Prospecting For Treasure

Always prospecting for the next treasure of an idea.

Encouraging Kids to Write

The Writing Can rules are: draw a slip of paper out of the can without looking, glue it in your writer's notebook, and write about it.

I have learned so much about using technology in my classroom from others on Twitter, and I am doing many more things with technology than I ever did before.  Even so, the majority of our class time is spent on things that don’t directly involve technology.  I am still “Prospecting for Treasure,” so I would really like to learn more about what others are doing in their classrooms for writing, reading, and math instruction.  In this post, I will share some of the things I do to encourage kids to write, with the hope that you will share some of your secrets.  Then I will promptly steal those gems and use them.

I like to keep kids writing all the time in my classroom.  Sometimes, we do big projects, working through the writing process: prewriting, drafting, revising and editing, and finally publishing. But we do lots of little things as well.  Several years ago, my school district embraced a writer’s workshop model, where students were to continually be working on topics of their own choosing, from prewriting to publishing.  When one piece was completed, they were to move to the next piece.  In reality, I found that most kids finished one piece, and then pretty much stalled out.  Most adults have difficulty thinking of things to write about, so I’m not sure why we assume it will come more easily to kids.  Also going through the entire writing process on every piece is overwhelming and frustrating to most 4th graders.  It has worked better for me to have lots of options available for young writers. We do editing and revising on our special projects, but most days we just write.

My school  is a public school, but it is also a traditional school.  We have a dress code, mandatory homework on Monday, Tuesday, and Thursdays, and great parent support.  I can usually count on 95-100% attendance at parent/teacher conferences.  We also teach a Core Knowledge curriculum, in addition to the regular school district curriculum.  In 4th grade, we study the American Revolution, the Middle Ages, and lots of other exciting topics.  We do several research projects.  In a later post I will talk about how I do research with 4th graders, but today I want to tell you about our monthly writing topics. 

I started thinking about this, because it’s time for me to put the February Writing Calendar together.     The monthly writing topics are a collection of 20+ story starters that students can choose from during the month.  An example is in the file cabinet to the right (assuming I got it to work right.)  I didn’t come up with these topics on my own.  I have collected them from several sources, but most are from the book, 730 Journal Prompts:  Two for Every Day of the Year from The Mailbox.  And just recently I picked up another, Daily Journal Prompts: Two Prompts for Every Day of the Year, also from The Mailbox.  I select those that I think will invite more thought and longer writing pieces, and reword them to remove very date specific references.  When an idea talks about “your school” or “your principal”, I insert names, which seems to catch the kids’ interest.  This month, I also printed off a chart of Mind Movers from Mind Movers & Brain Teasers , which is a Frank Schaffer Publication. My goal is to provide students with lots of ideas to choose from.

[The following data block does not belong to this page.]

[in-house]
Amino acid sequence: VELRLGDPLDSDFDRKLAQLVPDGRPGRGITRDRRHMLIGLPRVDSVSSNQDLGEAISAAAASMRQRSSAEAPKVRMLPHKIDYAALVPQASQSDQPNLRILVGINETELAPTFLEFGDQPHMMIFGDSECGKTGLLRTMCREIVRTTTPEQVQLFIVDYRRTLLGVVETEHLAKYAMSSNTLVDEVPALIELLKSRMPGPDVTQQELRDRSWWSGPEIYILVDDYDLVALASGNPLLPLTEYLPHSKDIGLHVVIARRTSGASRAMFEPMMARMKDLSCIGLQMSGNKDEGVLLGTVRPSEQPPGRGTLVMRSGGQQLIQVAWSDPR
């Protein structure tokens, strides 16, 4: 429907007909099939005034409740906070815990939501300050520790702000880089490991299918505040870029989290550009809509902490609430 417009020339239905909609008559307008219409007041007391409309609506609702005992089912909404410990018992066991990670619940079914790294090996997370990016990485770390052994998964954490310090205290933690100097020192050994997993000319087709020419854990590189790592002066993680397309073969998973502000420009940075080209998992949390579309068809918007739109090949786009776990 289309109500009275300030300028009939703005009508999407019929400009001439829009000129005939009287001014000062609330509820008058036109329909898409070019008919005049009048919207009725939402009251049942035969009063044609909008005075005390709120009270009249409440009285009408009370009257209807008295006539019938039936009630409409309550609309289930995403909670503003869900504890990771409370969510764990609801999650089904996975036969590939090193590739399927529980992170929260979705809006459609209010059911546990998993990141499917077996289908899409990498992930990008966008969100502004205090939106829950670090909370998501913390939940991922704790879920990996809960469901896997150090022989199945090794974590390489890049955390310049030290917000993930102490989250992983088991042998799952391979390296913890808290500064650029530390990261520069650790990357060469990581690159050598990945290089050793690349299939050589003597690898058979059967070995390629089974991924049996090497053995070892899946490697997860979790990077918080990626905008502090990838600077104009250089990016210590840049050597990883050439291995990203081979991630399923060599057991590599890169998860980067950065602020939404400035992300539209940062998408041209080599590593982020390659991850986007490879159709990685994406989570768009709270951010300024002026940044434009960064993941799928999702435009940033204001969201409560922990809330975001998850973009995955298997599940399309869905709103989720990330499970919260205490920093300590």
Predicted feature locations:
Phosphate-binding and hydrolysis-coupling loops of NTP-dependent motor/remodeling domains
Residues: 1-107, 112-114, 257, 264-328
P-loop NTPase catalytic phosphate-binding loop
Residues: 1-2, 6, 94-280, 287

One of the 20 choices on the writing calendar is “Pick your own topic.” and another is “Draw a topic from the writing can.”  Picking a topic from the writing can is very popular in my room.  I’m not sure why.  The writing can is full of more than 100 other story starters.  The rules are:  draw a slip of paper out without looking.  Glue it in your writer’s notebook, and write about it.    Check out the Story Starters File in the “File Cabinet” in the sidebar.  This year we are using notebook paper in a 3 prong pocket folder for our writer’s notebooks, but they are not holding up well.  I prefer using composition notebooks.  Pages don’t fall out like they do in spiral notebooks, and the pages are smaller, which I think is less intimidating for reluctant writers.

Writing and independent reading are the main assignments for seatwork  time.  We take time to share some of what we have written about once a week, either with the whole class or in a small group situation.  Students also self evaluate their writing with a rubric each month.  My original rubric came from Teachnology,  which I adapted to meet my own needs.    A copy of the rubric for February is in the file cabinet.

  So how do you keep your kids writing?  What works best for you?  Please share some of your gems in your comments below.

Books for Journal Prompts

The Journal Prompt books I use for ideas.

January 23, 2010 Posted by | Education, Uncategorized | , | 2 Comments